In 1944 he was asked to preside over the Planning Commission of the Front National des Architectes, a political organisation going back to the Resistance. In 1945 he obtained a commission for a unité d’habitation grandeur conforme in Marseille. This was an experimental project aiming to demonstrate the soundness of his principles on collective housing, in programmatic, spatial and technical terms equally. For this purpose he created the Atelier des Bâtisseurs (ATBAT) with the engineer Vladimir Bodiansky.
Plan schématique d'une cellule d'habitation
Completed in 1952, the Marseilles Unité d’Habitation was inspired by the principles of the immeubles-villas projects (1923-1925), in which apartments benefited from collective amenities: an integrated shopping street, a school, a gymnasium, a roof terrace with facilities, etc. The Marseilles Cité Radieuse was a mass production prototype. Four other housing units were to be built, three in France, in Rezé-les-Nantes (1948-1955), Briey-en-Forêt (1956-1963) and Firminy (1959-1967), and one in Germany, at Berlin-Charlottenburg (1956-1958).
Perspective de l'unité
As part of the French postwar reconstruction programme, the Ministry of Reconstruction and Urbanism (MRU) appointed him as architect and town planner in La Rochelle-La Pallice (1945-1947), but his long-term plan ran up against residents’ and local authorities’ desire for a rapid resumption of economic activity. In the east of France, in Saint-Dié, where Le Corbusier had no official status, he devised a Ville radieuse-type plan on a war-flattened site (1945-1946). Neither these plans nor those for an extension to the town of Saint-Gaudens (1943-1946) came to fruition.
« Dans vingt livres et trois revues, toujours j’ai replacé le logis au centre des préoccupations architecturales et
urbanistiques. Attitude très révolutionnaire. »
Entretien avec les étudiants des écoles d’architecture, Le Corbusier
Photographe : Jeet Malhotra
It was in India, in Chandigarh, from 1950 to his death in 1965, that he would be given the chance to test his theories. Wih the on-site assistance of his cousin Pierre Jeanneret and the British architects Maxwell Fry (1899-1987) and Jane Drew (1911-1996), Le Corbusier drew up plans for the new capital of the Punjab and completed three important buildings: the High Court (1952), the Secretariat (1953), and the Assembly (1955).
After the second world war, Le Corbusier was solicited worldwide for projects, lectures or consultations. At times the functioning of his architect’s studio, run by André Wogenscky (1916-2004), and the monitoring of his projects suffered from this situation.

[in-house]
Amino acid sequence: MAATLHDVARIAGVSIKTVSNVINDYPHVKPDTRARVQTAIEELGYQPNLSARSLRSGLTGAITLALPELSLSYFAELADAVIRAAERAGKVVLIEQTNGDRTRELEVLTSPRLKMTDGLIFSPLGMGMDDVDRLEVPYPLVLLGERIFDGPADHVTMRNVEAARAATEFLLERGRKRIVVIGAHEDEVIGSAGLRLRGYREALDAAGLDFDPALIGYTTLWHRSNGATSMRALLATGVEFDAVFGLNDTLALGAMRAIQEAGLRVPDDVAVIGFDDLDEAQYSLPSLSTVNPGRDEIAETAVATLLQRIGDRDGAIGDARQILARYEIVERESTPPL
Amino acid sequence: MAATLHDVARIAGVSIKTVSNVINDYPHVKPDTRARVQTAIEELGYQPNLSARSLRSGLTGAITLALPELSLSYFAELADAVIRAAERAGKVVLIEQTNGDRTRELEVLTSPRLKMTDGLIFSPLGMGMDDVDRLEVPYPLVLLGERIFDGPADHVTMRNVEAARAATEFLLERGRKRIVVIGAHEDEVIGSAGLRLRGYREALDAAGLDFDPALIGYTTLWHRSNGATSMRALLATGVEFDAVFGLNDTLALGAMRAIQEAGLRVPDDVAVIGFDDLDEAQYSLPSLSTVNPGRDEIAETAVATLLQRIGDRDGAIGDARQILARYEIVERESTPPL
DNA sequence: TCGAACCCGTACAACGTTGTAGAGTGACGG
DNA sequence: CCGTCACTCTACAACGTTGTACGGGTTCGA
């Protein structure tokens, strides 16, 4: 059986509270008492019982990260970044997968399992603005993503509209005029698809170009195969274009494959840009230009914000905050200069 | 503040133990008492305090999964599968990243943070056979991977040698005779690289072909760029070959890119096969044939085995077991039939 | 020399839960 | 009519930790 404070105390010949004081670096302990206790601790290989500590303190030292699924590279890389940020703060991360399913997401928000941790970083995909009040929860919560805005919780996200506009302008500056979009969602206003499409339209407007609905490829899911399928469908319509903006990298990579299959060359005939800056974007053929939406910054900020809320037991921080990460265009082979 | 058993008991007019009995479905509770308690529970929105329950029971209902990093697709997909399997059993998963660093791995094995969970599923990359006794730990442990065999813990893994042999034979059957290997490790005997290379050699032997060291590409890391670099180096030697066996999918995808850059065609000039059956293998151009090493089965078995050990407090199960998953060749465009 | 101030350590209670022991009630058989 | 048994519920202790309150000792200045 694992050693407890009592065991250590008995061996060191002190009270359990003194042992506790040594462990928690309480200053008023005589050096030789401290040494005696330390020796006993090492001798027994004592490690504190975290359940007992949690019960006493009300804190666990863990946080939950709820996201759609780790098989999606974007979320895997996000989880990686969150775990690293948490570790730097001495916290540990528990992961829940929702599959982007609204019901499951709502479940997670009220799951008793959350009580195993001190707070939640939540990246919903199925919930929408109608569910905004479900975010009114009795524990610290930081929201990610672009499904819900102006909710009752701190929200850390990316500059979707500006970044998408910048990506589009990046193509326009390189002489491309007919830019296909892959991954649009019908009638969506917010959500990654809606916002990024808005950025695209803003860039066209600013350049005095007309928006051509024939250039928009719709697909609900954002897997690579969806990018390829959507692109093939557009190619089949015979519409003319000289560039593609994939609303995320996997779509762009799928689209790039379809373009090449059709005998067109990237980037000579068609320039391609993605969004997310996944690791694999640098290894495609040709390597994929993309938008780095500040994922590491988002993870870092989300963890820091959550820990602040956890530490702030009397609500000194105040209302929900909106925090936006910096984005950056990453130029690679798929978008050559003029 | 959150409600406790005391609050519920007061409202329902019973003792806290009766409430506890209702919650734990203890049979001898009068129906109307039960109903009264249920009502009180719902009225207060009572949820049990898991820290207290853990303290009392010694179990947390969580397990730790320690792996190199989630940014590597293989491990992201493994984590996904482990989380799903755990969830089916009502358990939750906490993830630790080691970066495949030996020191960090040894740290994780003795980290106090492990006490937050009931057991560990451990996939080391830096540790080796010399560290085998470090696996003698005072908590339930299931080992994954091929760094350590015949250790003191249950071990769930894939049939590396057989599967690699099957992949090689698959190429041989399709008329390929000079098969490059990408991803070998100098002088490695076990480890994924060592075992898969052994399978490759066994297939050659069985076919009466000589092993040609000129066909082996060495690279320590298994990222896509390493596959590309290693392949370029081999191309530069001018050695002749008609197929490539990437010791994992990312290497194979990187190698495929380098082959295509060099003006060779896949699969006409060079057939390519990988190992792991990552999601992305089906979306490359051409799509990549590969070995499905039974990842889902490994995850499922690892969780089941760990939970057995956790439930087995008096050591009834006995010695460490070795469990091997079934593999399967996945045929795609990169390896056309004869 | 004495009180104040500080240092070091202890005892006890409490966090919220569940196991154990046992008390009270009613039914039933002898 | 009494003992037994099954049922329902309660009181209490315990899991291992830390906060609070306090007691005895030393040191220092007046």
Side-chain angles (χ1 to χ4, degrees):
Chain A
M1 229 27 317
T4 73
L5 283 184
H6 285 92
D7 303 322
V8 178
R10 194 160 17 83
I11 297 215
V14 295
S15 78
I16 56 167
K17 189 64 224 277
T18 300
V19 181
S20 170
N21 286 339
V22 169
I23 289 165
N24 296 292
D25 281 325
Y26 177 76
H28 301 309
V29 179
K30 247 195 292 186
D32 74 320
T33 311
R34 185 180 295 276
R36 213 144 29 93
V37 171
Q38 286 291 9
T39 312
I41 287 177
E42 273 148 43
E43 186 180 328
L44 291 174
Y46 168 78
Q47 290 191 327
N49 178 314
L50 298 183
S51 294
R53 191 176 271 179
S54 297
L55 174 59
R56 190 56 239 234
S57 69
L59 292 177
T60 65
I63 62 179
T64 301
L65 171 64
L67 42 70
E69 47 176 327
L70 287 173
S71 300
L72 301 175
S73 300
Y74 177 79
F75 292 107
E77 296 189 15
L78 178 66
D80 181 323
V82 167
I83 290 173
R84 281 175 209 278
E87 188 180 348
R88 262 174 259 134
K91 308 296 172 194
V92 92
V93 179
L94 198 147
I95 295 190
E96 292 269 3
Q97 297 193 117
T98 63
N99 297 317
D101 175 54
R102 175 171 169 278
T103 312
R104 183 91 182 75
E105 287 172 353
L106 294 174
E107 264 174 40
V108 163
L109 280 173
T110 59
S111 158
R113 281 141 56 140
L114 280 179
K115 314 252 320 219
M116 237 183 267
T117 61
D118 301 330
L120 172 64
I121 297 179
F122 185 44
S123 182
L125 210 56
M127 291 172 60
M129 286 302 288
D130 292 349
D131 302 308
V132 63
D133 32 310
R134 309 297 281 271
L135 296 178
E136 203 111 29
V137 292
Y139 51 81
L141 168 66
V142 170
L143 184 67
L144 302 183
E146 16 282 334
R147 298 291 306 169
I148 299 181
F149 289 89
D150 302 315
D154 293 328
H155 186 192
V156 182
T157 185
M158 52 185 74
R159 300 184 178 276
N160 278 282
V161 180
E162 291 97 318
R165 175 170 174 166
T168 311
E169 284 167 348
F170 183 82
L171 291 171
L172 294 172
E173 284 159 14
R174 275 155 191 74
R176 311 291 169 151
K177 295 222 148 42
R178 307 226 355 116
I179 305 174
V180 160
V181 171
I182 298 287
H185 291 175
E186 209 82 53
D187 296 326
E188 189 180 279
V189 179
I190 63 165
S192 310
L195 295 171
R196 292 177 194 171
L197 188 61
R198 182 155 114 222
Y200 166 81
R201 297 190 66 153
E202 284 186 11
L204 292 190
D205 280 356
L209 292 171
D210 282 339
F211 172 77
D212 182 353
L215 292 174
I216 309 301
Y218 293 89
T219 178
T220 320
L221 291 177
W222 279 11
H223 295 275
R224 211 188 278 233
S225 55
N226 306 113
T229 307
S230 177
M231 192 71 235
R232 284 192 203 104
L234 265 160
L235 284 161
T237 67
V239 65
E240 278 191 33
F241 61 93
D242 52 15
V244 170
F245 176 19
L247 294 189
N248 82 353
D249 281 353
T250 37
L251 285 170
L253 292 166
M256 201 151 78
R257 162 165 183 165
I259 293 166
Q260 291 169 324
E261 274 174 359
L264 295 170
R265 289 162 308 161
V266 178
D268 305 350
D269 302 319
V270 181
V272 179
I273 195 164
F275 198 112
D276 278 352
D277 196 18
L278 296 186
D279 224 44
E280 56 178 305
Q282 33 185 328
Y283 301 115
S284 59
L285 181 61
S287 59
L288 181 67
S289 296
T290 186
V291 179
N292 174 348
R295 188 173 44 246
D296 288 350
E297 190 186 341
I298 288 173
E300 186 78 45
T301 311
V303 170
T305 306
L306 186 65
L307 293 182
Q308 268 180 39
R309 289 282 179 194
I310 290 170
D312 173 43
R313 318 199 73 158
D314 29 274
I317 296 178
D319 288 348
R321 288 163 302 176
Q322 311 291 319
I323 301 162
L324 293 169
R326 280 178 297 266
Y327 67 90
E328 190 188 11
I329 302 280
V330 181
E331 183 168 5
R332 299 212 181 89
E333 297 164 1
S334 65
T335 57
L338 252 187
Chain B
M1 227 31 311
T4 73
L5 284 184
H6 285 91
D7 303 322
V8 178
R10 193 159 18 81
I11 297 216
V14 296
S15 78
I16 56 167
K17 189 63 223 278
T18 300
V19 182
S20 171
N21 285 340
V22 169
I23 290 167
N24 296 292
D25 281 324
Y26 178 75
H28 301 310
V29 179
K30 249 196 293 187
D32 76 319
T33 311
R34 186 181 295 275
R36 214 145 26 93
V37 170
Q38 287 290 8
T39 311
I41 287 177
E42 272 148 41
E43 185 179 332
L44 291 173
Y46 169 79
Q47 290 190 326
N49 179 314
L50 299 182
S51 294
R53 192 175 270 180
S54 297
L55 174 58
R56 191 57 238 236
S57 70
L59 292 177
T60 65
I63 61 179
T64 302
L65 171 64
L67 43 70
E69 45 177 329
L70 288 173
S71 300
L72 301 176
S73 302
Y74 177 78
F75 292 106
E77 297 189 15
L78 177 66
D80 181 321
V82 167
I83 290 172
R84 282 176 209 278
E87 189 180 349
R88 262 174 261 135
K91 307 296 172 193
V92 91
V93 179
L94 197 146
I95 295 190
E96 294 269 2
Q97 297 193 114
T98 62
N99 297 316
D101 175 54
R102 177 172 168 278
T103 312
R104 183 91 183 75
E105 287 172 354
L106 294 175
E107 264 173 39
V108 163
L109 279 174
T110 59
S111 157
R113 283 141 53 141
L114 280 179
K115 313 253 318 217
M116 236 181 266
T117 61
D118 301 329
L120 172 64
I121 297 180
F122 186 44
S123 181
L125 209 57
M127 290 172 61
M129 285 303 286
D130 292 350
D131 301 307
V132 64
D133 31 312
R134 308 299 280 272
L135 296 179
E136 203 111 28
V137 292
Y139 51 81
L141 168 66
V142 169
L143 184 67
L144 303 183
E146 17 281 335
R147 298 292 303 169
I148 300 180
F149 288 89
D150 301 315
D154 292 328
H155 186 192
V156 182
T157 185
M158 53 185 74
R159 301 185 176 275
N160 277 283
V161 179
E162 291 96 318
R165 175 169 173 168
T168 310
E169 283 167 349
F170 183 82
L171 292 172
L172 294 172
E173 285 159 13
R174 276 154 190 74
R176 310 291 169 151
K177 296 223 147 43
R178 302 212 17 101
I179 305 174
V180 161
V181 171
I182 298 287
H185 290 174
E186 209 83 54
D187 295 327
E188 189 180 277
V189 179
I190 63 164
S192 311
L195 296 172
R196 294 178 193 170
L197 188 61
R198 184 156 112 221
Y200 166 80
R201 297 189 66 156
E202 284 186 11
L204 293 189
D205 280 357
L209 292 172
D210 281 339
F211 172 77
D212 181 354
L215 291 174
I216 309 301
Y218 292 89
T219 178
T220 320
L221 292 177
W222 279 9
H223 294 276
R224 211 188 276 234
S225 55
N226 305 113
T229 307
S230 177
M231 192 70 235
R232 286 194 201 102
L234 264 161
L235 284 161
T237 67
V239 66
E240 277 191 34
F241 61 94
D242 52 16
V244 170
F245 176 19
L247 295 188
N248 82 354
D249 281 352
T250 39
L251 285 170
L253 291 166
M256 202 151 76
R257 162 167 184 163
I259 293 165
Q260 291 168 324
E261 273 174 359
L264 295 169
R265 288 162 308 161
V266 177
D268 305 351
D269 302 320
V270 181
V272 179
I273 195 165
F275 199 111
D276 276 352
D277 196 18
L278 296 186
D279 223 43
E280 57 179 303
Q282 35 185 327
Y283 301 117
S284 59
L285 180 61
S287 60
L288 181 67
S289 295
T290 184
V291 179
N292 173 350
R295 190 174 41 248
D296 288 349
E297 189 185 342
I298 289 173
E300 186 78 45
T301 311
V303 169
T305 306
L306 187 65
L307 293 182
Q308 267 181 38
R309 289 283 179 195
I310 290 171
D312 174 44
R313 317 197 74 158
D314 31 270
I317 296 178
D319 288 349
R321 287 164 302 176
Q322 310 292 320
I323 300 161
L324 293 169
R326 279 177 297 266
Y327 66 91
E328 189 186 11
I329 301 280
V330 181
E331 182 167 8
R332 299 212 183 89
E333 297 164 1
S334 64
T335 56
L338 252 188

New-York, vers 1950
In 1946-1947, he travelled to the United States to conduct a fact-finding mission and took part in the choice of a site for the United Nations headquarters. He completed the Doctor Curutchet House in Argentina (1949), the Museum of Western Art in Tokyo (1957), continued his work in Chandigarh and in Ahmedabad built the villas Sarabhai (1951) and Shodan (1951), as well as the Mill Owners Association Building (1951) and the City Museum (1951). He also built the Carpenter Centre for Visual Arts on the Harvard Campus in Cambridge, Massachusets (1961), his only North American realization, and in 1962 he received a commission for an exhibition pavilion from Heidi Weber in Zurich, Switzerland, completed after his death.
In France, in addition to the unités d’habitation, he built a factory in Saint-Dié (1946-1950) and the two Jaoul Houses in Neuilly (1951), launching a new architectural trend named Brutalism by the art historian Reyner Banham.
He also received several commissions for religious buildings that were to play a major role in the renewal of religious art after the Second World War: he built the Chapelle Notre-Dame-du-Haut at Ronchamp (1950), the Sainte-Marie de la Tourette Monastery near Lyon (1953) and was responsible for the preliminary design of the church of St. Pierre de Firminy, to be built after his death. This is located right at the centre of Firminy Vert, an extension of the old mining town of Firminy, built by Le Corbusier’s followers along the principles of the Athens Charter. Near the church and not far from the Unité d’Habitation already mentioned, Le Corbusier also designed the Maison de la Culture (1956) and the Stadium (1956) which, together with the church, constituted the new civic centre of Firminy Vert.
Despite these numerous requests, he enriched his artistic palette by starting to design sculptures with the Breton cabinet maker Joseph Savina in 1946. In 1948, he also drew his first tapestry cartoons and until his death regularly spent his mornings painting. It was also at this time that he designed the Modulor, a new measurement system based on the proportions of the human body. Begun in 1945, this research was used in building the Marseilles Unité d’Habitation and was first published in 1950 .
d’Aujourd’hui, Boulogne, 1950.
Photographe : Joseph Savina
Photographe : Olivier Martin-Gambier
In 1957 Le Corbusier was deeply affected by the death of his wife Yvonne. In his closing years he was still involved in numerous projects, such as those for a computing centre for Olivetti near Milan (1961), a Palais des Congrès in Strasbourg (1962), the French Embassy in Brasilia (1964) or the Venice Hospital in 1964.
On August 27, 1965, Le Corbusier died in Roquebrune-Cap-Martin. He had spent his holidays there since 1949, and had built a modest holiday cabin there in 1952. He was buried in the Roquebrune-Cap-Martin cemetery following a national funeral in the Cour Carrée du Louvre.
Photographe : Willy Boesiger